Nonequilibrium radiation measurements and modelling relevant to Titan entry

Brandis, A. M., Morgan, R. G., Laux, C. O., Magin, T., McIntyre, T. and Jacobs, P. A. (2007). Nonequilibrium radiation measurements and modelling relevant to Titan entry. In: Peter Jacobs, Tim McIntyre, Matthew Cleary, David Buttsworth, David Mee, Rose Clements, Richard Morgan and Charles Lemckert, Proceedings of Sixteenth Australasian Fluid Mechanics Conference. 16th Australasian Fluid Mechanics Conference (AFMC), Gold Coast, Queensland, Australia, (594-601). 2-7 December, 2007.

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Author Brandis, A. M.
Morgan, R. G.
Laux, C. O.
Magin, T.
McIntyre, T.
Jacobs, P. A.
Title of paper Nonequilibrium radiation measurements and modelling relevant to Titan entry
Conference name 16th Australasian Fluid Mechanics Conference (AFMC)
Conference location Gold Coast, Queensland, Australia
Conference dates 2-7 December, 2007
Convener School of Engineering, University of Queensland
Proceedings title Proceedings of Sixteenth Australasian Fluid Mechanics Conference
Journal name Proceedings of the 16th Australasian Fluid Mechanics Conference, 16AFMC
Place of Publication Brisbane, Australia
Publisher School of Engineering, The University of Queensland
Publication Year 2007
Year available 2007
Sub-type Fully published paper
Open Access Status File (Author Post-print)
ISBN 978-1-864998-94-8
Editor Peter Jacobs
Tim McIntyre
Matthew Cleary
David Buttsworth
David Mee
Rose Clements
Richard Morgan
Charles Lemckert
Volume 1
Start page 594
End page 601
Total pages 7
Collection year 2007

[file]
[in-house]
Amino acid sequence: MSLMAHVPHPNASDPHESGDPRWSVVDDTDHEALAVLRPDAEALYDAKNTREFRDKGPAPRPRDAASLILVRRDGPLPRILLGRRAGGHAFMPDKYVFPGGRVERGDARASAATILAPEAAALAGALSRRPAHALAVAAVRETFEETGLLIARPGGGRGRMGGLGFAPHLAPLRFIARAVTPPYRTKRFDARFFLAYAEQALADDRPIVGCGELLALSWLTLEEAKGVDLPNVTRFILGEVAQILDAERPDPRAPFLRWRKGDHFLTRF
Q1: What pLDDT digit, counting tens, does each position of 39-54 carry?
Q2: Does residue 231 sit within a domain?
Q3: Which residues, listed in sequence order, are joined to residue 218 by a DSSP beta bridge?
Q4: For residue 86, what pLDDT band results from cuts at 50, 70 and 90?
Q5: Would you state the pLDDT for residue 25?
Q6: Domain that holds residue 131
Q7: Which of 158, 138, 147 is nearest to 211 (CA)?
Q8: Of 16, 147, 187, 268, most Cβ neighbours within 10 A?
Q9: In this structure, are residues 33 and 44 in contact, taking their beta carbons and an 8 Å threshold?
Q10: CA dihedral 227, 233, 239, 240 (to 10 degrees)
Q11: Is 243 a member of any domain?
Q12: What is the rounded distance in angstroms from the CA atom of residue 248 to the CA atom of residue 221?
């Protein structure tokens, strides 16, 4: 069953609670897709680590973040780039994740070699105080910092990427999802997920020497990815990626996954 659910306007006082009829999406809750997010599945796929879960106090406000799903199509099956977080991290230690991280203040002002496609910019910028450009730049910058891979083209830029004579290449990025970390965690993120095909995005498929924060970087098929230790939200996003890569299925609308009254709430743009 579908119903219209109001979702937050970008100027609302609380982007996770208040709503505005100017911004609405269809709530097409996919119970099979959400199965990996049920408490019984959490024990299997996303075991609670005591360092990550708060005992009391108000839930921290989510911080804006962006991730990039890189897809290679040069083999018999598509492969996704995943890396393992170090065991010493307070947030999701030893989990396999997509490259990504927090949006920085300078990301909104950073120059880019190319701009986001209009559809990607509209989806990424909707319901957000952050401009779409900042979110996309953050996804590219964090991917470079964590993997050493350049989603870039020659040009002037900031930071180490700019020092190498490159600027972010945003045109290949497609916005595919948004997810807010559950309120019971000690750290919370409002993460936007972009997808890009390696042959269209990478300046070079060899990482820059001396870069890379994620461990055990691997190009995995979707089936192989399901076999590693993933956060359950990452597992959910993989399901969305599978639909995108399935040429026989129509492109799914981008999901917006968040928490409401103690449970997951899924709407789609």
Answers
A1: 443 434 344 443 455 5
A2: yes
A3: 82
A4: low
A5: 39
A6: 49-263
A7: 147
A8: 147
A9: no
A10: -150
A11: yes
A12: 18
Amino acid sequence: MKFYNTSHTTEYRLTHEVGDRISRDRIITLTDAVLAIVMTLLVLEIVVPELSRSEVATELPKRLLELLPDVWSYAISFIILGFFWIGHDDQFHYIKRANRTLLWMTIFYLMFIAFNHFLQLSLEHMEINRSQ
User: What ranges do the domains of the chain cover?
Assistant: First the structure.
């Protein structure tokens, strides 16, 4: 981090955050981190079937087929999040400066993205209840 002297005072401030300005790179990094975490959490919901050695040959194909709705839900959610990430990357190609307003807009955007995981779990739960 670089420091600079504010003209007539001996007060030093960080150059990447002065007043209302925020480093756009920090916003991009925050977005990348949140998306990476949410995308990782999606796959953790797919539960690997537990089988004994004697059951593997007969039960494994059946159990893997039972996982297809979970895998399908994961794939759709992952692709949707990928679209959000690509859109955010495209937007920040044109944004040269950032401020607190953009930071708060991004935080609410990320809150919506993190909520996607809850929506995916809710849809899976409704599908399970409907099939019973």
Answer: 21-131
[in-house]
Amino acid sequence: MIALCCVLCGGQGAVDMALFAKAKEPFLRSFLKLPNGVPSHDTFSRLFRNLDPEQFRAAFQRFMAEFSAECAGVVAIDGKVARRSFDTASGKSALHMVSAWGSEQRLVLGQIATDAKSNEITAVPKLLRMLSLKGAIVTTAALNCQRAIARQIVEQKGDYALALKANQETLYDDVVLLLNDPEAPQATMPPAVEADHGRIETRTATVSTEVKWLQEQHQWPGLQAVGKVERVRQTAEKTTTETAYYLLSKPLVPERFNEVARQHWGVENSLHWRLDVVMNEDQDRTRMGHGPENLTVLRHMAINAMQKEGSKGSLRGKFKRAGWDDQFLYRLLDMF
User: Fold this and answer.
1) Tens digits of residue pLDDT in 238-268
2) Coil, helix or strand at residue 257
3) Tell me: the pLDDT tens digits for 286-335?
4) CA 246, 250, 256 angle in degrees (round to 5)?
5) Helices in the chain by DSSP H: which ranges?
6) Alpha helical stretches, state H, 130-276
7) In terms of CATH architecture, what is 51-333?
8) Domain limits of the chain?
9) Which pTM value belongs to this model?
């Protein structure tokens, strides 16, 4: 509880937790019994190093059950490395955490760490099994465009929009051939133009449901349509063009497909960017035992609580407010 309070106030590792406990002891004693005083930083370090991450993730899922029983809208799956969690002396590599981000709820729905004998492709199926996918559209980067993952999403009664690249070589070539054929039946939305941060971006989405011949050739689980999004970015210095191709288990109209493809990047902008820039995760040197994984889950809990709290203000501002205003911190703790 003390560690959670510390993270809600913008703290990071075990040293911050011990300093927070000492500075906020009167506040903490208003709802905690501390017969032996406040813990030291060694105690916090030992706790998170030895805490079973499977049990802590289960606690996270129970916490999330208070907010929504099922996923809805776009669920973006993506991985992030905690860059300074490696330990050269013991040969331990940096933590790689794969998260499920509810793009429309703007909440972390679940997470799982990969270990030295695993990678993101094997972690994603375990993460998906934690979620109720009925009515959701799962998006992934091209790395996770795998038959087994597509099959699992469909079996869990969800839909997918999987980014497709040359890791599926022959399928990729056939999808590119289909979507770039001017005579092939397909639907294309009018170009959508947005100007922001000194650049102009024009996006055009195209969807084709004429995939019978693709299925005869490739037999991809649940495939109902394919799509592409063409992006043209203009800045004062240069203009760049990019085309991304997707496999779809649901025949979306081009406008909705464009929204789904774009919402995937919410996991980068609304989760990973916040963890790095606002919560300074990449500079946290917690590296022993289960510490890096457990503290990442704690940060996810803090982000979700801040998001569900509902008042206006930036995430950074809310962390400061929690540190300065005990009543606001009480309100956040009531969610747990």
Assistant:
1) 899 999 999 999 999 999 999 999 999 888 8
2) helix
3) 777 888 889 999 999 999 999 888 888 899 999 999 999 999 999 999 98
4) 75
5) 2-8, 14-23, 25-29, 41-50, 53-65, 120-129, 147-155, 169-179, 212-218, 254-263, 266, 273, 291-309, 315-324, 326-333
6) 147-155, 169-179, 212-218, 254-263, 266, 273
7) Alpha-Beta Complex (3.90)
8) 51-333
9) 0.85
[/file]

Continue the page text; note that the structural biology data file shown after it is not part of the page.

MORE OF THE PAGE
Language eng
Abstract/Summary An update to a collisional-radiative model developed by Magin1 for Huygens Titan atmospheric entry is proposed. The model is designed to predict the nonequilibrium populations and the radiation emitted from cyanogen and nitrogen during the entry of the Huygens probe into the Titan atmosphere. Radiation during Titan entry is important at lower speeds (around 5 – 6 km/s) more so than other planetary entries due to the formation of cyanogen in the shock layer, which is a highly radiative species. The model has been tested against measurements obtained with the EAST shock tube of NASA Ames Research Centre.1,2 The motivation for the update is due to the large discrepancies shown in the postshock fall-off rates of the radiation when compared to the experimental EAST shock tube test results. Modifications were made to the reaction rates used to calculate the species concentrations in the flow field. The reaction that was deemed most influential for the radiation fall off rate was the dissociation of molecular nitrogen. The model with modified reaction rates showed significantly better agreement with the EAST data. This paper also includes experimental results for radiation and spectra for Titan entry. Experiments were performed on the University of Queensland's X2 expansion tube. Spectra were recorded at various positions behind the shock. This enabled the construction of radiation profiles for Titan entry, as well as wavelength plots to identify various radiating species, in this case, predominately CN violet. This paper includes radiation profiles to compare with experiments performed at NASA Ames. It is planned that further experiments will be performed to cover a larger pressure range than NASA Ames. Good qualitative agreement has so far been obtained between our data and NASA Ames, however, it should be noted at the time of printing, the experimental spectrum have not been calibrated absolutely.
Subjects 249900 Other Physical Sciences
299900 Other Engineering and Technology
780102 Physical sciences
290299 Aerospace Engineering not elsewhere classified
Q-Index Code E1

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Created: Wed, 19 Dec 2007, 13:01:13 EST by Laura McTaggart on behalf of School of Engineering